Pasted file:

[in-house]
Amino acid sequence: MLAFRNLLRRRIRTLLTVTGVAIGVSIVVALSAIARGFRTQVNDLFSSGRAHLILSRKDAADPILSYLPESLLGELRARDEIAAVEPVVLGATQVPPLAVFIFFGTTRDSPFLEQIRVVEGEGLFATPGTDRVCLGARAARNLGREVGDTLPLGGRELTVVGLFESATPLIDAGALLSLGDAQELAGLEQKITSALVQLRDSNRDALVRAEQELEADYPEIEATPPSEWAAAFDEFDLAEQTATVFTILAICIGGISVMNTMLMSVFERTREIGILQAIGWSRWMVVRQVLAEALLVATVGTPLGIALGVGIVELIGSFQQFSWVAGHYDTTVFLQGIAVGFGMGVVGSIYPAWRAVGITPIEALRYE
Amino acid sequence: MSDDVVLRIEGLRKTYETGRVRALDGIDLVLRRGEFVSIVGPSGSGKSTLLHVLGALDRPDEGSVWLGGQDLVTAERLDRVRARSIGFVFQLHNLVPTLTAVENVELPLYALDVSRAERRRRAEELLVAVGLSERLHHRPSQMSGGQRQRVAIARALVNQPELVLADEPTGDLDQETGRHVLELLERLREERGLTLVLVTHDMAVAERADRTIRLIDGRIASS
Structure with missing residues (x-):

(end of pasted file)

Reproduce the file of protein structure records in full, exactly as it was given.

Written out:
[in-house]
Amino acid sequence: MLAFRNLLRRRIRTLLTVTGVAIGVSIVVALSAIARGFRTQVNDLFSSGRAHLILSRKDAADPILSYLPESLLGELRARDEIAAVEPVVLGATQVPPLAVFIFFGTTRDSPFLEQIRVVEGEGLFATPGTDRVCLGARAARNLGREVGDTLPLGGRELTVVGLFESATPLIDAGALLSLGDAQELAGLEQKITSALVQLRDSNRDALVRAEQELEADYPEIEATPPSEWAAAFDEFDLAEQTATVFTILAICIGGISVMNTMLMSVFERTREIGILQAIGWSRWMVVRQVLAEALLVATVGTPLGIALGVGIVELIGSFQQFSWVAGHYDTTVFLQGIAVGFGMGVVGSIYPAWRAVGITPIEALRYE
Amino acid sequence: MSDDVVLRIEGLRKTYETGRVRALDGIDLVLRRGEFVSIVGPSGSGKSTLLHVLGALDRPDEGSVWLGGQDLVTAERLDRVRARSIGFVFQLHNLVPTLTAVENVELPLYALDVSRAERRRRAEELLVAVGLSERLHHRPSQMSGGQRQRVAIARALVNQPELVLADEPTGDLDQETGRHVLELLERLREERGLTLVLVTHDMAVAERADRTIRLIDGRIASS
Structure with missing residues (x-):